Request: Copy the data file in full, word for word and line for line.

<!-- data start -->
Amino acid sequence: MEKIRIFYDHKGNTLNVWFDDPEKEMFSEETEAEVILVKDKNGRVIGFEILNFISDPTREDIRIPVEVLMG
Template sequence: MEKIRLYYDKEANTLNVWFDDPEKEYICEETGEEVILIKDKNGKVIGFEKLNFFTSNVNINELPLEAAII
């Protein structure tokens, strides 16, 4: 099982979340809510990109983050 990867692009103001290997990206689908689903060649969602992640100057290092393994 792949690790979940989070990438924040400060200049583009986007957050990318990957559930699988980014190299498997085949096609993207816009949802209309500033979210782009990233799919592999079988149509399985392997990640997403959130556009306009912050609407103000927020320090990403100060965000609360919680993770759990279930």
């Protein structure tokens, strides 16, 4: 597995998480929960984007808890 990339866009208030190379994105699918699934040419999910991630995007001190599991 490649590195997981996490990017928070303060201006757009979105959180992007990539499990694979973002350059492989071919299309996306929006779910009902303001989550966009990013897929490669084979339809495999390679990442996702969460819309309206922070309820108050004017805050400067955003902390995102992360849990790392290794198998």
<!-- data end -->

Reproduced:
Amino acid sequence: MEKIRIFYDHKGNTLNVWFDDPEKEMFSEETEAEVILVKDKNGRVIGFEILNFISDPTREDIRIPVEVLMG
Template sequence: MEKIRLYYDKEANTLNVWFDDPEKEYICEETGEEVILIKDKNGKVIGFEKLNFFTSNVNINELPLEAAII
């Protein structure tokens, strides 16, 4: 099982979340809510990109983050 990867692009103001290997990206689908689903060649969602992640100057290092393994 792949690790979940989070990438924040400060200049583009986007957050990318990957559930699988980014190299498997085949096609993207816009949802209309500033979210782009990233799919592999079988149509399985392997990640997403959130556009306009912050609407103000927020320090990403100060965000609360919680993770759990279930």
């Protein structure tokens, strides 16, 4: 597995998480929960984007808890 990339866009208030190379994105699918699934040419999910991630995007001190599991 490649590195997981996490990017928070303060201006757009979105959180992007990539499990694979973002350059492989071919299309996306929006779910009902303001989550966009990013897929490669084979339809495999390679990442996702969460819309309206922070309820108050004017805050400067955003902390995102992360849990790392290794198998």